Student or Learner
what is the difference between "make" and "making" in these 2 sentences:
1. My new Facebook header image makes me want an ice cream.
2. My new Facebook header image is making me want an ice cream.
Thank you, sir.
2. Do not address users here as "Sir" (or any other salutation). It is unnecessary and you have no way of knowing (in most cases) whether a response has been written by a man or a woman.
Remember - if you don't use correct capitalisation, punctuation and spacing, anything you write will be incorrect.
Naturally, if there was no difference generally, we would not use two tenses.
One possible difference is that, with the simple present, you mean that whenever you look at the picture, you want ice cream. The use of the progressive is stating that you are now looking at the image, and you are now wanting an ice cream.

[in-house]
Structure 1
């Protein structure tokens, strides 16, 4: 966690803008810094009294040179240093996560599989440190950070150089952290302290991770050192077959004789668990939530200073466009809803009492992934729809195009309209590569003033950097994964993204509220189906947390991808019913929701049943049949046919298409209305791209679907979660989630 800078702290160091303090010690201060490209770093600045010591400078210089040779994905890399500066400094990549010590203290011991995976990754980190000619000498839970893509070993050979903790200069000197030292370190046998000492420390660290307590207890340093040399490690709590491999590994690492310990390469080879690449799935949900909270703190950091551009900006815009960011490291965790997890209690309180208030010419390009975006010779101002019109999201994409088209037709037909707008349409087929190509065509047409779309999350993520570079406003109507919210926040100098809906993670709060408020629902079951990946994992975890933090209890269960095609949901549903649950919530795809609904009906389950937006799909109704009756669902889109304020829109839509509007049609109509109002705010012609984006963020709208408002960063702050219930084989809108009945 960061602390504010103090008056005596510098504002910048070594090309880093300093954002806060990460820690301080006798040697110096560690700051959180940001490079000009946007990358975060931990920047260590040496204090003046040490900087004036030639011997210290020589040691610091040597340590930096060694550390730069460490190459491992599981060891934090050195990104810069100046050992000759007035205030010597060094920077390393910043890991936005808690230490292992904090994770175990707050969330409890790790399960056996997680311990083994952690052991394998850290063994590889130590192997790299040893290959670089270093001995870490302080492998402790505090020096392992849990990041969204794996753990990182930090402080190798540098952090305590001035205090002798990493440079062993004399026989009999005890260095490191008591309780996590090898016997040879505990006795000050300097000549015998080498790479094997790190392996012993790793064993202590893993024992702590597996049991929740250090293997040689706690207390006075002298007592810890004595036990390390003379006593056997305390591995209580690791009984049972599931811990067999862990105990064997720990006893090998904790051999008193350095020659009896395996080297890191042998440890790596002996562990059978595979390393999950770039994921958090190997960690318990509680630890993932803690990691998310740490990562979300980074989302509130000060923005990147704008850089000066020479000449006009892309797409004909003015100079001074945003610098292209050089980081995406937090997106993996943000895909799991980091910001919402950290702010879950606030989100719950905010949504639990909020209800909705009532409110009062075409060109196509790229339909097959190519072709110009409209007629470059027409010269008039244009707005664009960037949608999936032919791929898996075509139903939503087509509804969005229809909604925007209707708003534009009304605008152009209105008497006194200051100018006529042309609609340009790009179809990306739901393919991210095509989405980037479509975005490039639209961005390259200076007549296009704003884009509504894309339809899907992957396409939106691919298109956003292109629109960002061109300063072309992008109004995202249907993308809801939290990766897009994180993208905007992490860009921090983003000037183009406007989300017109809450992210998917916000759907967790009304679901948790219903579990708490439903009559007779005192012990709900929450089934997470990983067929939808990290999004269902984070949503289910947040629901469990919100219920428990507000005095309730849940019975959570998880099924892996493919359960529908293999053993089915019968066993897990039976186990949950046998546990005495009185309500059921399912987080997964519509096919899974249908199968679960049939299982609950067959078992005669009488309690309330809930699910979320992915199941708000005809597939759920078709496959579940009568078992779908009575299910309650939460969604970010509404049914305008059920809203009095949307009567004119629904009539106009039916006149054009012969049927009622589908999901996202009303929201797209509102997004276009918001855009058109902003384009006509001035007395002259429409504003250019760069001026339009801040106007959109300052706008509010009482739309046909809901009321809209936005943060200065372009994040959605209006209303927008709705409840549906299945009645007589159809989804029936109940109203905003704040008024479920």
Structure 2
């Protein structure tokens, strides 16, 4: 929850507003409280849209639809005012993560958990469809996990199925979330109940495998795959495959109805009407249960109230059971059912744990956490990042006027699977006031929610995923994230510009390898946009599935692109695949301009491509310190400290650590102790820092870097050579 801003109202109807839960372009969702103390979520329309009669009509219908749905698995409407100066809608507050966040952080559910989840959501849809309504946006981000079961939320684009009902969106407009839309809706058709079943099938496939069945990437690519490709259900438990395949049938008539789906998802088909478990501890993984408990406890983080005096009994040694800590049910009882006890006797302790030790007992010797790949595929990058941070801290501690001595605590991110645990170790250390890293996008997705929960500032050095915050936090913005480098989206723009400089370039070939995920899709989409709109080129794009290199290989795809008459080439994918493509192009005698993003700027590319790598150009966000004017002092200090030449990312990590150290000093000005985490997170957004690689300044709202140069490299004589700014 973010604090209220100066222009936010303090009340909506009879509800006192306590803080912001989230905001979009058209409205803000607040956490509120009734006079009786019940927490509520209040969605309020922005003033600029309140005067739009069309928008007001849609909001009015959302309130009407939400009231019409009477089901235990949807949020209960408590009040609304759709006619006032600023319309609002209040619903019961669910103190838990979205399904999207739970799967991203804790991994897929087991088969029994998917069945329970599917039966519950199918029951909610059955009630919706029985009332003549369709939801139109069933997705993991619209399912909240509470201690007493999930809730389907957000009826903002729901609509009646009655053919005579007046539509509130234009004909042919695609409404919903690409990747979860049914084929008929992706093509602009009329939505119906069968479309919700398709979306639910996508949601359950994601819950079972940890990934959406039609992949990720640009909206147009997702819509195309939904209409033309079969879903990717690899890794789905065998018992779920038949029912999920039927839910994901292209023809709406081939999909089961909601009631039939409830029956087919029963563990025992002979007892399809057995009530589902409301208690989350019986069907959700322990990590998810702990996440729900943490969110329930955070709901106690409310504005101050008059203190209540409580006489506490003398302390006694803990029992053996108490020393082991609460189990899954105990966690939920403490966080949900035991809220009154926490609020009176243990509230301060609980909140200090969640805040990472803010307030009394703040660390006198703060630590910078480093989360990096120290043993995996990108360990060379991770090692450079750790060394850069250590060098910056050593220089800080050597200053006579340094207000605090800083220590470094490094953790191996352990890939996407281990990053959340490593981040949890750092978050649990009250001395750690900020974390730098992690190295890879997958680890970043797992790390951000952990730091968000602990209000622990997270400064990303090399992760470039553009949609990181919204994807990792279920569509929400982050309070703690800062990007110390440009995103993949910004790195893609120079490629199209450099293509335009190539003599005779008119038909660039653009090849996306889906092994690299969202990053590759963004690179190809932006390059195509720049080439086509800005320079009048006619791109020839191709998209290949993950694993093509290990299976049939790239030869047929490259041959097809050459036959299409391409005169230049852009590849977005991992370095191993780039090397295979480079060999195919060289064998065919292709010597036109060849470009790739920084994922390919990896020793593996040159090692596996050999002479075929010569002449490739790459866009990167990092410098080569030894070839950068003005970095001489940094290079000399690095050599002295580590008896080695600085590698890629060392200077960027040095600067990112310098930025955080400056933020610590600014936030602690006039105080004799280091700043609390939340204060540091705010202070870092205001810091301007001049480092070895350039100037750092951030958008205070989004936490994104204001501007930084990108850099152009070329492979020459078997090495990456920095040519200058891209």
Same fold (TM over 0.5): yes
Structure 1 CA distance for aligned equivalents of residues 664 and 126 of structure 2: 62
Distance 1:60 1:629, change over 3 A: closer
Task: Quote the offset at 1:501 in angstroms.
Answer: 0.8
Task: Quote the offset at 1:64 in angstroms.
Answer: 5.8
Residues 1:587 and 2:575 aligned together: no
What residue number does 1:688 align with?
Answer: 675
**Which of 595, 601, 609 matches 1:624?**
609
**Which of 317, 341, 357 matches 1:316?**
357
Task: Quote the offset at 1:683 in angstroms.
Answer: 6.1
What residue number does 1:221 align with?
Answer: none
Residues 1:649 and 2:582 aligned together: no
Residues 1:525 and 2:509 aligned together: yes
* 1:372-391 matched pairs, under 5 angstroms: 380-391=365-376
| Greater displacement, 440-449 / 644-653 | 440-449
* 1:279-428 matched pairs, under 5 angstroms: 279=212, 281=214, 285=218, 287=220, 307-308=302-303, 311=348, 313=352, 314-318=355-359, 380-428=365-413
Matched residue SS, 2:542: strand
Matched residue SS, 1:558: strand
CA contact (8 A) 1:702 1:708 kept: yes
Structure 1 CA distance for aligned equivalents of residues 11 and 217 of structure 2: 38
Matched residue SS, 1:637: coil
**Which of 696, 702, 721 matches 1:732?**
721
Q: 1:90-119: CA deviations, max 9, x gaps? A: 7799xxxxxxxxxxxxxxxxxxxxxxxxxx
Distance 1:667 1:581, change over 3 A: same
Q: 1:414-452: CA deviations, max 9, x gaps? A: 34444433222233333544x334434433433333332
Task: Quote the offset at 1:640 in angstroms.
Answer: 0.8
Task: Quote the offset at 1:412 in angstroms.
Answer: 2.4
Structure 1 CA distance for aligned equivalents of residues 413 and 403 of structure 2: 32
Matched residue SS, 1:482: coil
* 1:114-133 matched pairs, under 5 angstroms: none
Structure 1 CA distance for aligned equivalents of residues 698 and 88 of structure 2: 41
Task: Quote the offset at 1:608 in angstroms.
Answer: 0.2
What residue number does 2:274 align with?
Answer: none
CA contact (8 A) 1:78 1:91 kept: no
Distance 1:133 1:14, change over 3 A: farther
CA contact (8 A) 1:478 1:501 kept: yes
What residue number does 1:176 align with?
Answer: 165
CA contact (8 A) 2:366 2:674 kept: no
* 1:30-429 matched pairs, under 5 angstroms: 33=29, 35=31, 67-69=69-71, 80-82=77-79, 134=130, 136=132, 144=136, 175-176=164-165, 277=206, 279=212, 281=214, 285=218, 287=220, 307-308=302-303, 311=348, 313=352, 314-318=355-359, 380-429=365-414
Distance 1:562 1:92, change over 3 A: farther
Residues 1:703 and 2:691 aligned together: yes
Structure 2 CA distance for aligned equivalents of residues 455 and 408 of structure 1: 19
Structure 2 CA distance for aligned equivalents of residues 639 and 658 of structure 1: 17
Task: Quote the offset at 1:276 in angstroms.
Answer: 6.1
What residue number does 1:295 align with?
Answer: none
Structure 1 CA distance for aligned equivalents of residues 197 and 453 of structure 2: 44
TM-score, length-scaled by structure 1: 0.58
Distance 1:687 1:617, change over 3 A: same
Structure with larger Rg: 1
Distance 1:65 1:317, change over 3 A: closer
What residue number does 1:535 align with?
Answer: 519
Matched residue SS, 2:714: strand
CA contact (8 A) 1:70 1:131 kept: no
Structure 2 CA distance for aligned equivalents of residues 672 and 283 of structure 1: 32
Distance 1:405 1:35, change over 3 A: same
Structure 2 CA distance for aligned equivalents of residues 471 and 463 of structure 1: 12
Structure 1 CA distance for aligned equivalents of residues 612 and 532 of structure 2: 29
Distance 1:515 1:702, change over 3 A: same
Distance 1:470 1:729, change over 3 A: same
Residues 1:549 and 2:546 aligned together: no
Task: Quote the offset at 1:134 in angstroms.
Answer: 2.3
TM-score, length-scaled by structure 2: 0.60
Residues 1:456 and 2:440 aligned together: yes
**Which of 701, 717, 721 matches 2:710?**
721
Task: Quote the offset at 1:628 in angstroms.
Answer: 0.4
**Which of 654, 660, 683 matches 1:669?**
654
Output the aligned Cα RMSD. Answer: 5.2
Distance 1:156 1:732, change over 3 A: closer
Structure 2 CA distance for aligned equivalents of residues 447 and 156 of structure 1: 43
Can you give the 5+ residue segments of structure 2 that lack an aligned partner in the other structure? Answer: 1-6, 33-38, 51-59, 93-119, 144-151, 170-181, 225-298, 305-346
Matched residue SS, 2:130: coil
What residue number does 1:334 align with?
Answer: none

Agreed, there is quite a marked difference between the two sentences -- whether or not this is intentional.
Take another example:
"Alcohol makes me feel sick" is a general comment that implies a long-term, ongoing condition. "Alcohol is making me feel sick" implies that there is normally no problem drinking alcohol, but just at the moment there is (perhaps due to current medication, perhaps).
It can be a tricky one to grasp, particularly for non-native English speakers, as in most foreign languages (that I'm aware of) there is no such distinction.